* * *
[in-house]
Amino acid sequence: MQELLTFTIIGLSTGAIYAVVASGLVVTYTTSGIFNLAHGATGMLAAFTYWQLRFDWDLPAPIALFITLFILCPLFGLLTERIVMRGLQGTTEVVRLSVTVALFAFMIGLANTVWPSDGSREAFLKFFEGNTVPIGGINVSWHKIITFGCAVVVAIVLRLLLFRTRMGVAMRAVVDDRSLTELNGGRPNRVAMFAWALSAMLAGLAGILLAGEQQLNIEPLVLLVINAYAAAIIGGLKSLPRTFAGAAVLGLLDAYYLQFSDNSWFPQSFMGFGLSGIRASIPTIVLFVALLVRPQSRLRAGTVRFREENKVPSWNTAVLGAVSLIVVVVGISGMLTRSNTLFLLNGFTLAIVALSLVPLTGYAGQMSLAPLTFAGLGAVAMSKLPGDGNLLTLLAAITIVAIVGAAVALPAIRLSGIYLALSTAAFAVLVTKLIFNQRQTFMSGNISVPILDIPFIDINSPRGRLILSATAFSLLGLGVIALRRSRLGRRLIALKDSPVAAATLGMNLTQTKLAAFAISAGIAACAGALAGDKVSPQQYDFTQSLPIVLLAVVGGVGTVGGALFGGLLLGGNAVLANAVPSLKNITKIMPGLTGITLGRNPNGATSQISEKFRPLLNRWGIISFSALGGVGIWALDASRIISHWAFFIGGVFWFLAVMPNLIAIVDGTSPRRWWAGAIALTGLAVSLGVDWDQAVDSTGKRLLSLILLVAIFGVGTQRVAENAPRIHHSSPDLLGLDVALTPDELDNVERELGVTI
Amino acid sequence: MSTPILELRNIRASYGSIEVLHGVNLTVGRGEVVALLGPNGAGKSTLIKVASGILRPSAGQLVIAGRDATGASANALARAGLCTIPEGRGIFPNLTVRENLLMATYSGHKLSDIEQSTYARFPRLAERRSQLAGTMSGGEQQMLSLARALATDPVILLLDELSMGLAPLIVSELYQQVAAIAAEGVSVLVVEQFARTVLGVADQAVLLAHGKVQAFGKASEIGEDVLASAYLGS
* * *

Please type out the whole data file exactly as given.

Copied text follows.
[in-house]
Amino acid sequence: MQELLTFTIIGLSTGAIYAVVASGLVVTYTTSGIFNLAHGATGMLAAFTYWQLRFDWDLPAPIALFITLFILCPLFGLLTERIVMRGLQGTTEVVRLSVTVALFAFMIGLANTVWPSDGSREAFLKFFEGNTVPIGGINVSWHKIITFGCAVVVAIVLRLLLFRTRMGVAMRAVVDDRSLTELNGGRPNRVAMFAWALSAMLAGLAGILLAGEQQLNIEPLVLLVINAYAAAIIGGLKSLPRTFAGAAVLGLLDAYYLQFSDNSWFPQSFMGFGLSGIRASIPTIVLFVALLVRPQSRLRAGTVRFREENKVPSWNTAVLGAVSLIVVVVGISGMLTRSNTLFLLNGFTLAIVALSLVPLTGYAGQMSLAPLTFAGLGAVAMSKLPGDGNLLTLLAAITIVAIVGAAVALPAIRLSGIYLALSTAAFAVLVTKLIFNQRQTFMSGNISVPILDIPFIDINSPRGRLILSATAFSLLGLGVIALRRSRLGRRLIALKDSPVAAATLGMNLTQTKLAAFAISAGIAACAGALAGDKVSPQQYDFTQSLPIVLLAVVGGVGTVGGALFGGLLLGGNAVLANAVPSLKNITKIMPGLTGITLGRNPNGATSQISEKFRPLLNRWGIISFSALGGVGIWALDASRIISHWAFFIGGVFWFLAVMPNLIAIVDGTSPRRWWAGAIALTGLAVSLGVDWDQAVDSTGKRLLSLILLVAIFGVGTQRVAENAPRIHHSSPDLLGLDVALTPDELDNVERELGVTI
Amino acid sequence: MSTPILELRNIRASYGSIEVLHGVNLTVGRGEVVALLGPNGAGKSTLIKVASGILRPSAGQLVIAGRDATGASANALARAGLCTIPEGRGIFPNLTVRENLLMATYSGHKLSDIEQSTYARFPRLAERRSQLAGTMSGGEQQMLSLARALATDPVILLLDELSMGLAPLIVSELYQQVAAIAAEGVSVLVVEQFARTVLGVADQAVLLAHGKVQAFGKASEIGEDVLASAYLGS